The Impact of Spiro-OMeTAD Photodoping on the Reversible Light-Induced Transients of Perovskite Solar Cells
Sonia Ruiz Raga a b, Boer Tan a, Kevin Rietwyk a, Jianfeng Lu a c, Sebastian Fürer a, Udo Bach a d e, Yibing Cheng c f
a ARC Centre of Excellence in Exciton Science, Department of Chemical Engineering, Monash University, Clayton, VIC, Australia
b Institut Català de Nanociència i Nanotecnologia (ICN2), Edifici ICN2, Campus UAB, Cerdanyola del Valles, Spain
c State Key Laboratory of Silicate Materials for Architecture, Wuhan University of Technology, 122 Luoshi Rd, Wuhan, 430070, China
d CSIRO Manufacturing, Clayton, Australia, Clayton VIC 3168, Australia, Clayton, Australia
e Melbourne Centre for Nanofabrication, Australia, Australia
f Monash University, Department of Materials Science and Engineering, AU, Alliance Lane, 22, Clayton, Australia
Proceedings of International Conference on Impedance Spectroscopy and Related Techniques in Metal Halide Perovskites (PERIMPED)
Online, Spain, 2020 October 6th - 7th
Organizers: Juan Bisquert, Bruno Ehrler and Eline Hutter
Poster, Sonia Ruiz Raga, 025
Publication date: 25th September 2020

Hole transporting materials (HTMs) play essential roles in facilitating hole extraction and suppressing recombination in lead halide perovskite solar cells (PSCs). High levels of p-doping in HTMs is necessary for achieving high device performance, attributed to an increased electrical conductivity. In this work, we provide evidences that the poor performance of PSCs with low levels of doping (i.e., 4 mol% spiro-OMeTAD+ ) in spiro-OMeTAD is mainly caused by the presence of a Schottky barrier at the perovskite/spiro-OMeTAD interface, hampering hole injection. Under continuous illumination at open-circuit condition, the barrier gradually diminishes, increasing the PSC power conversion efficiency by 70-fold after 7 hours. This process is completely reversible, returning to the initial poor performance after dark storage. We attribute this improvement in performance to a gradual photodoping of spiro-OMeTAD, triggered by the transfer of photogenerated holes and mediated by the slow migration of halide anions from perovskite to compensate the newly formed spiro-OMeTAD+ . In-situ parallel Manuscript Click here to view linked References analyses with impedance spectroscopy (IS) and photoluminescence are employed to gain insights into the charge dynamics along with light soaking. We find that the Schottky barrier resistance overlays with the recombination signal at the high frequency arc of IS, having important implications for the IS data analysis for PSCs. The work elucidates a major mechanism causing the slow efficiency variations during light/dark cycling, commonly observed in PSCs, which complicates the determination of long-term stability.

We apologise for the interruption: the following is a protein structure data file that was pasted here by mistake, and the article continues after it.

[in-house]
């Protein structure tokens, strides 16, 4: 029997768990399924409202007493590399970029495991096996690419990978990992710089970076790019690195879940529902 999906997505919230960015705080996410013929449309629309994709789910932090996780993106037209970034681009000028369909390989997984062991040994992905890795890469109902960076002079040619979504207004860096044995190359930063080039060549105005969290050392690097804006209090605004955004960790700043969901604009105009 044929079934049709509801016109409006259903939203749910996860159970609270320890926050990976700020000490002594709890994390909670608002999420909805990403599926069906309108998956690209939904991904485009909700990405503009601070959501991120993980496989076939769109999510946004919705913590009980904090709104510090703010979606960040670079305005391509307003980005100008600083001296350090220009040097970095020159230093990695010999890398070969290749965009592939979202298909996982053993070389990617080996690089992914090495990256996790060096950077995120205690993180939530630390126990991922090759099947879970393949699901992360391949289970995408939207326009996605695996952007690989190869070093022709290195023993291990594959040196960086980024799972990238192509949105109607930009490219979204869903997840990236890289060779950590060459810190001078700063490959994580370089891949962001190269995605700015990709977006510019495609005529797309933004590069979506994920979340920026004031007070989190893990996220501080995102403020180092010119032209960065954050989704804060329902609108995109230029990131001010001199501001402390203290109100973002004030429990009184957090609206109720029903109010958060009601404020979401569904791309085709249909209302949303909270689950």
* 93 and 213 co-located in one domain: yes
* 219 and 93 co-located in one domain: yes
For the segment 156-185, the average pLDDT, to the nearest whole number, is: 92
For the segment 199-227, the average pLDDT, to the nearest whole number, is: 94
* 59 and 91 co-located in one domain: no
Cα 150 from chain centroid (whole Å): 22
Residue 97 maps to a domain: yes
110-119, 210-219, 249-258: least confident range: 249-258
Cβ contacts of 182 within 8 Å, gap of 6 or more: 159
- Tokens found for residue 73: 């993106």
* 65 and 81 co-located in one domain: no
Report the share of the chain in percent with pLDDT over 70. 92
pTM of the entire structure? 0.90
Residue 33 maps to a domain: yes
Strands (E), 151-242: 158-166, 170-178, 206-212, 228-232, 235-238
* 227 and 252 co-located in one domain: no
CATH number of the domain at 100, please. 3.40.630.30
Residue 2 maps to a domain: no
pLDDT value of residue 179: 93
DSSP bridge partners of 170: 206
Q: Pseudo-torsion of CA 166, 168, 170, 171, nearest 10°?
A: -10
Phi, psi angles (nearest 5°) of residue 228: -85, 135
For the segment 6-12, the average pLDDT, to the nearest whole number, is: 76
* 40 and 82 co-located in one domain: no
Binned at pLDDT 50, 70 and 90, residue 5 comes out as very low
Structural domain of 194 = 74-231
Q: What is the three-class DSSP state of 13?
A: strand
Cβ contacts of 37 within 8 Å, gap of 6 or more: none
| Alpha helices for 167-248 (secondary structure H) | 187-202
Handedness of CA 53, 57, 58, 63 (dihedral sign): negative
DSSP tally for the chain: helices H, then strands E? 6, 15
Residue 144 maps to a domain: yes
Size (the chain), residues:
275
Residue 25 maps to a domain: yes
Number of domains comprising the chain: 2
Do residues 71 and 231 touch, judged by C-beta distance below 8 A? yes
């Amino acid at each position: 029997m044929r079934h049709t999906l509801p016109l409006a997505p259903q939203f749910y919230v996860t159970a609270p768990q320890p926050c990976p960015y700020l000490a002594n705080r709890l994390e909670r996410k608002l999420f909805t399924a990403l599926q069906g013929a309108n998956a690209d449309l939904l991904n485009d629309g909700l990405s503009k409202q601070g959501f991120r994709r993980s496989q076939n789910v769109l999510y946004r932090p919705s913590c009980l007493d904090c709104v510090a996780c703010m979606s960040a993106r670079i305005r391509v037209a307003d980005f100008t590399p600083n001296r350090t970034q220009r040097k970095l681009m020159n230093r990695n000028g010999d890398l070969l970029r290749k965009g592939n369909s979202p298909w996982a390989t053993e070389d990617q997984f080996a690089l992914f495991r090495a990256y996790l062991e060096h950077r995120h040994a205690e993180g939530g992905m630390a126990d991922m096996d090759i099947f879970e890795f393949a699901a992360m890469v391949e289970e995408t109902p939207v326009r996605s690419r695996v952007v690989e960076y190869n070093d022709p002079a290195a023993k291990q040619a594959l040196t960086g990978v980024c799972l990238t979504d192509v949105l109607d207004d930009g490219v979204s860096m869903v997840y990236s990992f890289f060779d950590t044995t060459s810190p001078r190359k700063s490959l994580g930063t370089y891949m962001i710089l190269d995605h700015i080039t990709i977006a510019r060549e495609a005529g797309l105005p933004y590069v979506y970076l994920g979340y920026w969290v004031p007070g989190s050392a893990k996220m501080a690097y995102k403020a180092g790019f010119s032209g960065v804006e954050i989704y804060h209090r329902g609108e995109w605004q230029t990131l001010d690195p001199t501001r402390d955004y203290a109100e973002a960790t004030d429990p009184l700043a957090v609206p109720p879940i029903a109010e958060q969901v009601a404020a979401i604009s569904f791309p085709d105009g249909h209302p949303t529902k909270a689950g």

The authors are grateful for the financial support by the Australian Research Council (ARC) discovery project (DP160104575), the Australian Centre for Advanced Photovoltaics (ACAP), the Australian Renewable Energy Agency and the ARC Centre of Excellence in Exciton Science (ACEx: CE170100026). The authors would like to thank Dr. Bertoluzzi for the discussions and support for the band diagrams

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